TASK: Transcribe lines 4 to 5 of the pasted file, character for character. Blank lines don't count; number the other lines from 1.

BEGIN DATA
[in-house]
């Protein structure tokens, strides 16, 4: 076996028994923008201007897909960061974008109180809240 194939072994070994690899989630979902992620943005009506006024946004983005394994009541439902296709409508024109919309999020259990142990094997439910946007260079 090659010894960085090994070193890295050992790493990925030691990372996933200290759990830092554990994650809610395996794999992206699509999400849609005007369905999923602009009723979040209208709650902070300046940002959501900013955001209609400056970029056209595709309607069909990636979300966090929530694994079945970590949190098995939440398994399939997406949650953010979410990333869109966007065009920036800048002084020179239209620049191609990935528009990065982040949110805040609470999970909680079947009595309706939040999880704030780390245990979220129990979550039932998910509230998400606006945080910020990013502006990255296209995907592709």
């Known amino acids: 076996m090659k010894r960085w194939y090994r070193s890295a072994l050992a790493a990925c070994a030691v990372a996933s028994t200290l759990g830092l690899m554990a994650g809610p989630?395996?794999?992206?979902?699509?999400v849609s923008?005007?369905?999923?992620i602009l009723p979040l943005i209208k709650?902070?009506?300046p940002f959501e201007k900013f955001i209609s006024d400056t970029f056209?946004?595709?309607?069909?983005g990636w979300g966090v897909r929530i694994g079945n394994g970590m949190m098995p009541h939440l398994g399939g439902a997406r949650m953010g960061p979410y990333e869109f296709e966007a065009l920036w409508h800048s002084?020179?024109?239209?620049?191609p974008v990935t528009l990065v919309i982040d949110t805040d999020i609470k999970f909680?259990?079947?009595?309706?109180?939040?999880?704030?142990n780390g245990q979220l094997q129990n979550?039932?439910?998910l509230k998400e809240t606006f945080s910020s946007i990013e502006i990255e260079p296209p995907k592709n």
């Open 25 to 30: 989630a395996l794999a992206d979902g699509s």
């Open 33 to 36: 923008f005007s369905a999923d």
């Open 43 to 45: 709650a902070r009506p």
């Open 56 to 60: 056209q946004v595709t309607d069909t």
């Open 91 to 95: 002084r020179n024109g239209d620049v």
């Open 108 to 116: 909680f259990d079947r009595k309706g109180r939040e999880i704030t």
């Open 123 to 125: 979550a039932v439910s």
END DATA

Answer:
């Open 25 to 30: 989630a395996l794999a992206d979902g699509s």
């Open 33 to 36: 923008f005007s369905a999923d």